December 16, 2015 Wander-lust

Interview » My best friend went to Lesbos, Greece. This is her story.

We’ve all seen the images, the news reports and heard the stories about the Syrian refugees. The boats, the fear and the thousands of people coming to Europe seeking a future.
The world woke up when a little boys body lays face down on a beach in Turkey. This is when social media started talking. We finally felt their heartbreak.
People wanted to do something. I wanted to do something.
But taking that step and actually doing something…that’s another thing. One of my best friends did.
We went out for a drink and she told me she wanted to visit Lesbos . Not for a holiday, but to volunteer and help.
What a brave decision I thought. She was going to do something beautiful but at the same time she was also going to see a lot of hurt and despair.
But she went. 2 long weeks. I asked her some questions;

Why did you decide to go to Lesbos?
A Facebook post appeared in my timeline of Merel Graeve, a volunteer at Lesbos, Greece. Here story was so sincere, urgent and desperate a feeling of responsibility grabbed me and wasn’t letting go.

Shortly after that a friend of mine posted on Facebook he was planning a trip to Lesbos. I instantly knew I was going to join him, and I did.

merelgraeve
The Facebook post that made Dagmare go to Lesvos

What was your first impression when you arrived?
I thought what a lovely, beautiful Greek island! Where are the refugees? Where is the emergency? Where is the online world of disaster, despair and emergency?

The people I did see where volunteers in team-shirts and yellow emergency vests.
Quiet, calm and peaceful. Soon after that I knew exactly where to search for images of sorrow, hope and fear..

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A young child in one of the tents

We are much greater, much more powerful and more capable then we think.

Was it worse than you expected?
Yes and no. The yes part is the truth of this matter is worse then you expect. It crueler, tougher and more inhumane then you can think of.

The no part is, we are all human. And the best part with humans is, there is a strength in all of us, that arises when we are in danger. It comes from a place inside of you, you never knew you had inside. That’s stunning and mind-blowing to witness. I saw this with everybody on the island. 
From people arriving by boat, fleeing their war-torn countries, with people helping those people on shore and I started feeling it myself.
We are much greater, much more powerful and more capable then we think.

Dagmare in Lesbos
Dagmare in Lesvos, Greece

Can you describe a typical day in Lesbos?
Smugglers send boats 24/7 so people arrive 24/7. 

The island of Lesbos has 199 miles (320 km) of coastline, so that’s quiet a distance to search for boats.
Most of the boats arrive in the north or near the harbor, that makes it easier to oversee.
All camps need helping hands to help provide food, give out clothes and blankets or collect garbage.
It’s a non-stop need. You have to take care of yourself and eat, sleep and rest at moments that fit you well.

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What do you think the government needs to do to solve this problem?
Start welcoming human beings with dignity, respect and humbleness. 

They have been through things I hope I am never going to experience in a million years.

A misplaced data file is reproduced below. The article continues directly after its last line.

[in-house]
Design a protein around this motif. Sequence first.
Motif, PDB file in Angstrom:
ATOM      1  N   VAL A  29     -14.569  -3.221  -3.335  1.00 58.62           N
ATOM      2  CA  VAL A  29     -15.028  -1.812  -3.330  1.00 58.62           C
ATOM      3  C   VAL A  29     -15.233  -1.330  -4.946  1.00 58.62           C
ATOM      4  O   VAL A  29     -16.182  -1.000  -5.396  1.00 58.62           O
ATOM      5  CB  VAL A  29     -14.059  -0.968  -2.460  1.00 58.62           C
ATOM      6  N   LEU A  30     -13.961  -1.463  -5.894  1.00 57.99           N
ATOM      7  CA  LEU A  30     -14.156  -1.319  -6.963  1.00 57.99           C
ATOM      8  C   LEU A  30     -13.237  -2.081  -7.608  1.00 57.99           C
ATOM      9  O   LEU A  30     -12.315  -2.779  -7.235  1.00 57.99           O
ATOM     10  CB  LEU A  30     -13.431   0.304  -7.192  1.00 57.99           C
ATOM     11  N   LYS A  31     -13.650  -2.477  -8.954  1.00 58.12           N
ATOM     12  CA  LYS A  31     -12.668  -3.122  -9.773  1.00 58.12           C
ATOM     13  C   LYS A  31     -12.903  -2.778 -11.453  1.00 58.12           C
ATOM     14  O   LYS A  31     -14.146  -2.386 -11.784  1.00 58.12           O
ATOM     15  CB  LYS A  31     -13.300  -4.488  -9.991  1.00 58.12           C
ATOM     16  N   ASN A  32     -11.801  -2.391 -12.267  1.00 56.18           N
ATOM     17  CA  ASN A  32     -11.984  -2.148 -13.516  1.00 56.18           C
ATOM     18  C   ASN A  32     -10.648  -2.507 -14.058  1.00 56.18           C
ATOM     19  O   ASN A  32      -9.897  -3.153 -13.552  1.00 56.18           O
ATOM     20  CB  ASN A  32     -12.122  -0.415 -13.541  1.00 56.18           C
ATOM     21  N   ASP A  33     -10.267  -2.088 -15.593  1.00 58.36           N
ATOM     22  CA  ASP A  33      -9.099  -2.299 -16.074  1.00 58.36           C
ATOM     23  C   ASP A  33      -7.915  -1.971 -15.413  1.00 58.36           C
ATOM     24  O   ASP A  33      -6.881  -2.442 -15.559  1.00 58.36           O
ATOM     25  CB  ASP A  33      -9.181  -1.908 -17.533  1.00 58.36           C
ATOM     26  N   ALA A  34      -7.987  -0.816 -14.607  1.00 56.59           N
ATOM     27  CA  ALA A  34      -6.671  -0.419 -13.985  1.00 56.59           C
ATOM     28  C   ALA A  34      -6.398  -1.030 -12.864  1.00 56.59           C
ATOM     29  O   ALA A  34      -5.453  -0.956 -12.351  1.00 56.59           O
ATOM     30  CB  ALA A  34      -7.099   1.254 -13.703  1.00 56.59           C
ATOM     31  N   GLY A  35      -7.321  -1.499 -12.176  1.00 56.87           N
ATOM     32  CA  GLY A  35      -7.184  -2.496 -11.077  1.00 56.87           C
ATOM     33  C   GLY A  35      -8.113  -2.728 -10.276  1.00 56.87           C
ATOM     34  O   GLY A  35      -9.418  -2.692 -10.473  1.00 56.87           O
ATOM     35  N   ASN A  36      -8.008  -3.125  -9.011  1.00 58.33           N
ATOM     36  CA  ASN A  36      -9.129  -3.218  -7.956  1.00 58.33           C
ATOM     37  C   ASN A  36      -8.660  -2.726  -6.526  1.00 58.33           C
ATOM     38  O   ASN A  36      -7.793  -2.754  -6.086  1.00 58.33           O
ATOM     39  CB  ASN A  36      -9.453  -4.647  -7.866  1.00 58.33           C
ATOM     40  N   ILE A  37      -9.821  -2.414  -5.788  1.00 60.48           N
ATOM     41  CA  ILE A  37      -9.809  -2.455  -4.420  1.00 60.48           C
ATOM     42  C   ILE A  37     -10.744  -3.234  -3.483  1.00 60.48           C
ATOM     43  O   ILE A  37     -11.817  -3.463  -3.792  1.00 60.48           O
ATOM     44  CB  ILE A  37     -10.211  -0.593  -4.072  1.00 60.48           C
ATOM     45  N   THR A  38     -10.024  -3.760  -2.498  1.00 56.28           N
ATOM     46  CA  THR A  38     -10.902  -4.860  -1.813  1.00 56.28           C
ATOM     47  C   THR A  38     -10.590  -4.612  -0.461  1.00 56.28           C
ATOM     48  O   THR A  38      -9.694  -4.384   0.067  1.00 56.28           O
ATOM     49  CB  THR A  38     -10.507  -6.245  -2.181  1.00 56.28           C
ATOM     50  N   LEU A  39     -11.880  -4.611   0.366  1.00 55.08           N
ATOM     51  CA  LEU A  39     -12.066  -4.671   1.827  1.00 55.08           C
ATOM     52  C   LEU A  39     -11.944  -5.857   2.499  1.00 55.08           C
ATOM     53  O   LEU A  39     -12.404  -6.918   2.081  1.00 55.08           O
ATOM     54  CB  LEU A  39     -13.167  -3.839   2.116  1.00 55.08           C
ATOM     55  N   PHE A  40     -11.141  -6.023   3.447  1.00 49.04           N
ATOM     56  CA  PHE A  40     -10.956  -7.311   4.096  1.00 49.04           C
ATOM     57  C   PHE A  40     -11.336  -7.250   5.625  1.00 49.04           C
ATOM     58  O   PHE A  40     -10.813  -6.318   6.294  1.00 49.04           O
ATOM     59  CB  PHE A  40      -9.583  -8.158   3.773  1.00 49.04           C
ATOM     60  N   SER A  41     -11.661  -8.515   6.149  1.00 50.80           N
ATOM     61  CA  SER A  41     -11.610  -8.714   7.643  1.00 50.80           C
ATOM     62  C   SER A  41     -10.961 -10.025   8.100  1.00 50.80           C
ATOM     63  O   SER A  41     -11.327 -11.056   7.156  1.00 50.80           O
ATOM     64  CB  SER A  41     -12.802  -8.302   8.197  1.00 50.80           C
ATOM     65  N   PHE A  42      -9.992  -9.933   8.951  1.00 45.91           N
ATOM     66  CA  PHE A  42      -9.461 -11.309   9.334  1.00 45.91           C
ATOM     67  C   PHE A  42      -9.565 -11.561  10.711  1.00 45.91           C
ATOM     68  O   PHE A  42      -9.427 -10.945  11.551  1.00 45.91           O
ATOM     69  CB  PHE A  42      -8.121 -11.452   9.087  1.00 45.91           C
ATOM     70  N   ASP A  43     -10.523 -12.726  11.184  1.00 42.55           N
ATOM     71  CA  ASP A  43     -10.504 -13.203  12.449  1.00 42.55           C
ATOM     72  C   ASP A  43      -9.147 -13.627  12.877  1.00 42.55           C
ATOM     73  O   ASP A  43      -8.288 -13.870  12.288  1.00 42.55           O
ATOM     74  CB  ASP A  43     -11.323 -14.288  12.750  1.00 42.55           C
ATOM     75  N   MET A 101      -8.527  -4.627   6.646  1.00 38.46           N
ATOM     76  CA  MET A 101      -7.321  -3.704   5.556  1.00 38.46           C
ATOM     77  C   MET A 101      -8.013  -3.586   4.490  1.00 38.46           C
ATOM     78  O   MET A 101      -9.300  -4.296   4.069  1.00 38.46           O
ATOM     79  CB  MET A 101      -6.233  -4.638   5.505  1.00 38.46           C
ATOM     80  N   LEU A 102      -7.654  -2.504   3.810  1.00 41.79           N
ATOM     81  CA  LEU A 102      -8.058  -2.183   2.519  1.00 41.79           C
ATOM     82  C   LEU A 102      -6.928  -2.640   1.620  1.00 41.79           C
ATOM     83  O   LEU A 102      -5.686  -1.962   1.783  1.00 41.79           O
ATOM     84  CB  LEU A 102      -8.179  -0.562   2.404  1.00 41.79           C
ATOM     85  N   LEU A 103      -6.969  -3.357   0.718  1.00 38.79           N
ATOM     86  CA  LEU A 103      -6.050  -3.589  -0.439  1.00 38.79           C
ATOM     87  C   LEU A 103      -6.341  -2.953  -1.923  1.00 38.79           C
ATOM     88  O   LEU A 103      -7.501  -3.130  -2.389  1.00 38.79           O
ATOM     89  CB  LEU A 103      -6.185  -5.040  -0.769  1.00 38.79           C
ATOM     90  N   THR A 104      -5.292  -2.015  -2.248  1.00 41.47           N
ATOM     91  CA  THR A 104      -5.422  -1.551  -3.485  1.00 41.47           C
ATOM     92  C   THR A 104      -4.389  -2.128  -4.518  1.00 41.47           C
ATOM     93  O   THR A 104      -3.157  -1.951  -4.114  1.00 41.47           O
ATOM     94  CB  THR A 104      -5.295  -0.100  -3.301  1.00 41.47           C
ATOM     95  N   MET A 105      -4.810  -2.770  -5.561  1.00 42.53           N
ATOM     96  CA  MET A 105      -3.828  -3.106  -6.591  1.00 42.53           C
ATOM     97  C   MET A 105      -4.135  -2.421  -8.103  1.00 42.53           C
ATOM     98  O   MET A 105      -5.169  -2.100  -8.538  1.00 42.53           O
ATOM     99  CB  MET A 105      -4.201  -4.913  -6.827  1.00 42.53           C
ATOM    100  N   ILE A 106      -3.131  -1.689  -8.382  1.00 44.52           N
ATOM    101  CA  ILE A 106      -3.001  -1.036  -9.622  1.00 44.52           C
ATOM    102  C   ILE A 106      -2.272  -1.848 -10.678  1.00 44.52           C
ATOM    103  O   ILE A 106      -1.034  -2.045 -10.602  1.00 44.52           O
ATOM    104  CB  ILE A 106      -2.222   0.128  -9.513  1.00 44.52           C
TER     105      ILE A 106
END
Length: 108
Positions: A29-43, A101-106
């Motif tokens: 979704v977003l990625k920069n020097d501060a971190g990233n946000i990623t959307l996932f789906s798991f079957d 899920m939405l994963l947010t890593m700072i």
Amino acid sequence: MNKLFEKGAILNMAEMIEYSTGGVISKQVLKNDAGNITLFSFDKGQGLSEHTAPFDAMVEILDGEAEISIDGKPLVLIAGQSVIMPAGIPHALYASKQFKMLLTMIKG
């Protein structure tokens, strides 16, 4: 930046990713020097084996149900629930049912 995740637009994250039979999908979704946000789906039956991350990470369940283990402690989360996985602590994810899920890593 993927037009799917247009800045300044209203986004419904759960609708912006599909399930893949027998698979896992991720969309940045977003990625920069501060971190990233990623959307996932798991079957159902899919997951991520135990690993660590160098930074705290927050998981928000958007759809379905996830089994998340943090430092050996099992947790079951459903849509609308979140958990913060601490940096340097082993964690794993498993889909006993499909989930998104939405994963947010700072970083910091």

Start covering the news in a sincere, truthful self-interest kinda way. 

Did this experience change you or your perspective?
Yes. It showed me that the way I’m brought up in a Western country, feeling safe etc. was normal to me. Puts it all into perspective.

Seeing the easiness of how you can contribute to a greater cause without asking permission, needing a diploma or get a job interview.

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People are camping anywhere where they can find a spot
Tell me a little bit about the website you developed. Needs-Now.
We developed an in-your-face-real-time portal where you see whats Needed Now in several places op Europe.

We gain access to big stocks of supplies for cost price which we then display online.
If you want to donate your money, you spend it efficiently on needed goods. You can buy ponchos, tents, food, fire wood etc.
And we make sure it get’s there. (so you won’t receive a package of fire wood at your front door! haha) You can spent 5 euro’s or 10.000.
We spend every donation on the chosen goods. Its transparent, open and accessible for people with big and smaller purses.


Dagmare’s website Needs Now is getting a lot of positive attention

Needs Now Results:
Within 1 week – Professional food truck including all kitchen supplies
Within 1 week – 9 pallets of clothing, 1000 fleece blankets.
Within 2 weeks – 2000 breakfast meals & 1000 diner meals
Within 4 days – 1250 halogen lamps
Within 2 days – three large army tents
Within 1 week – generator
Within 4 days – One day of fire wood
Within 4 weeks – 5.000 poncho’s
Within 3 weeks – 2 x 10ft containers


And finally, what can we do?

Many things!
1. Visit needs-now.org to see where the Need is Now and spend a few euro’s. :-)
2. Sort your (still wearable!) warm clothes and bring it to asylum centers.
3. If your thinking of volunteering start here: http://www.bit.ly/lesvolunteer
4. Add sense to the national debates. Take time to read stories, look at portraits and see films that shows different sides of this humane crisis. UNHCR shares numbers, facts and Kurtzgesagt and the Gapminder Foundation has basic explanations. Start sharing them!
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If you want to donate or support/sponsor Dagmare and her team so that she can continue to help in Greece, visit Needs Now.
All photo’s are shot by the amazing Florance Schreinemachers who also came on this trip with Dagmare.

Love,

Elke

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